Allowing the Present to Arrive

My Monday commute started 300 miles from my office, long before the Eastern horizon even hinted at dawn. I saw flashes of lightning silhouetting clouds in the darkness, soon followed by sheets of rain that provided ample volume for the semis to spray on the windshield. In between the swoosh of wipers, I tried to keep my focus on the newly painted lane markings along the always-under-construction I-70 West — my road most traveled between Ohio and Illinois — but my mind kept wandering to seven words from Friday night’s Shabbat service.

We need to learn to forgive ourselves.

It was my first Shabbat service ever. As a recovering Catholic who has been non-practicing and essentially agnostic for more than half of my 45 years, the simple act of being inside any religious building is surreal. But I proudly sat next to my girlfriend at the official start to the weekend’s celebration of her daughter becoming a Bat Mitzvah, an adult in the eyes of her Jewish community.

Near the end of the service, congregant and community notable Artie Issac was invited to give a guest sermon as the Jewish calendar approaches Yom Kippur, the day of atonement. He rambled delightfully among several philosophical themes but ended with a reminder.

We need to learn to forgive ourselves.

By the time I reached the halfway point of this morning’s commute, the rain stopped but clouds still covered the sky to the horizon. The weather forecast promised cooler temperatures, but the heavy overcast was a pall over my hope for a beautiful fall day. We were a few days past the equinox, but yet to be blessed with that first really crisp, cool, and crystal sky day.

My mind still tossed around Artie’s words.

We need to learn to forgive ourselves.

I just got divorced two weeks ago. Well, I moved out of the house we shared more than two years ago, but a family court judge — deliberating his last docket before retirement — pronounced my divorce official just two weeks ago. Our marriage was effectively over the day I moved out, but I still feel the weight of its failure — my failure, our failure.

Artie’s words made me think of the relative power of Catholic versus Jewish guilt, and the endless debate over which is more severe.  Regardless of the winner (loser?), nothing is heavier than guilt. It was there when it was clear my marriage of nearly 20 years was ending. It was there the day we told our son. The day I started packing boxes. The day I first turned the key to my new apartment home.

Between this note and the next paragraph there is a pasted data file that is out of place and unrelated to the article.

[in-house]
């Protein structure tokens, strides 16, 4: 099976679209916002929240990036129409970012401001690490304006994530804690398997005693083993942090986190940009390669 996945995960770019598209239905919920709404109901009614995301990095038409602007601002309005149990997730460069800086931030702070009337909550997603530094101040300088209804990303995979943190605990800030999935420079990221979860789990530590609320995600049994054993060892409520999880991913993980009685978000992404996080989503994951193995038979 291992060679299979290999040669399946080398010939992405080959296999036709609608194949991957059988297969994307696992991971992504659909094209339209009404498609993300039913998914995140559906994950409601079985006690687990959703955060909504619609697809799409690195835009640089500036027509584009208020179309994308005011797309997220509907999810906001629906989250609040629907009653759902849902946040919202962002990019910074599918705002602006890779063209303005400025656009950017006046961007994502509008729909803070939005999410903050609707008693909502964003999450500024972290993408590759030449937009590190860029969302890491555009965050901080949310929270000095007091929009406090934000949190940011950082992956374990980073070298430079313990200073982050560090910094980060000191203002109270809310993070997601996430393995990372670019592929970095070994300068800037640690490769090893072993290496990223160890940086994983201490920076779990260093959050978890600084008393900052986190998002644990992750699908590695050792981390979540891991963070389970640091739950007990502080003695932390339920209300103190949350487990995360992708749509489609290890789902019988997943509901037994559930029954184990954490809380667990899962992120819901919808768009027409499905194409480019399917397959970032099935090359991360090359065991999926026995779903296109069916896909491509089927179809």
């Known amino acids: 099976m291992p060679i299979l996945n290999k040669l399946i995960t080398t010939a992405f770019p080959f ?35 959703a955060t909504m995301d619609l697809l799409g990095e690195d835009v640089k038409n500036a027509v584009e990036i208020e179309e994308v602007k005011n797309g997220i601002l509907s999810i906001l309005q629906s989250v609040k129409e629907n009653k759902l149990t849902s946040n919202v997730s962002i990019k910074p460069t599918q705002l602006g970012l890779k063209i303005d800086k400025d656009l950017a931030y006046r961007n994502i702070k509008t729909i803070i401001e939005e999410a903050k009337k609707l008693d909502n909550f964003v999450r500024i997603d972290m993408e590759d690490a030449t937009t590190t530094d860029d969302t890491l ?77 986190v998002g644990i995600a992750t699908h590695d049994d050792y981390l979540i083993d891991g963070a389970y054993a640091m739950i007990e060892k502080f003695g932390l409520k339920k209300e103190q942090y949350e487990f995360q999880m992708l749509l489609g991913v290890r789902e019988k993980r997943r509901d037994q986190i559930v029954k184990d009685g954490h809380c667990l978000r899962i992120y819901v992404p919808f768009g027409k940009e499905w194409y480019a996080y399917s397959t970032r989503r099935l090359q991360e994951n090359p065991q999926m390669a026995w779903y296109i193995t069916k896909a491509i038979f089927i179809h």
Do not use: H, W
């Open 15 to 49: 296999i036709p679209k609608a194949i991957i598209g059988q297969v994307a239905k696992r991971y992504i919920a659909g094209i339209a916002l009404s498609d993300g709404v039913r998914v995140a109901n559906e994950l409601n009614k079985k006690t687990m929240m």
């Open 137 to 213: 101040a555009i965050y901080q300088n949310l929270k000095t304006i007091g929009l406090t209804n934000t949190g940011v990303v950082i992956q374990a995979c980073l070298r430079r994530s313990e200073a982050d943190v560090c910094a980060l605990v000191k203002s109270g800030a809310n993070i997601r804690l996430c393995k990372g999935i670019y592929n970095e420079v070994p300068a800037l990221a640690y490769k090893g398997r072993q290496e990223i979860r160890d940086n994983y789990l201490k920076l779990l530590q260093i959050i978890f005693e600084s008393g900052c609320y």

And it was there two weeks ago, when the judge wished us good luck after declaring our divorce final.

I can run in selfish, justifying circles of logic to describe why our marriage failed, but there is no escaping my personal failure. I failed to be the person and husband I promised to be. I failed to work hard. I failed to turn right when I should have turned left. I failed to care enough. It may not have been my failure alone, but it was still my failure.

There is nothing I can do to change my failure. I can learn from it. I can be kind, patient, and understanding as the best co-parent possible for our son. But I can’t change my failure.

As I approached the Illinois border along I-74, blue sky appeared on the horizon. I could see the trailing edge of the storm front, but couldn’t judge its distance from me.

We need to learn to forgive ourselves.

I think I was destined to sit in that chapel to hear Artie’s words about self-atonement. I’ve been waiting for the world to absolve me of my transgressions. Perhaps the world has moved on to more important things, and I’m the one who needs to stop waiting for its forgiveness.

My late friend Laura once told me put down the 2×4. I think she was saying the same thing as Artie.

We need to learn to forgive ourselves.

 

skyfront

I arrived home and stepped out on my balcony for a moment. The edge of the clouds dissipated directly above me into the clearest blue sky.

What’s done is done. What’s past is past. No amount of self-flagellation will resolve it, and simply allows the past to control the present. Forgiveness from the world, from others, may arrive and we should welcome it if it does.

But I think I know what Artie was saying now. Until we learn to forgive ourselves, we don’t allow the present to arrive.

 

 

 

 

 

 

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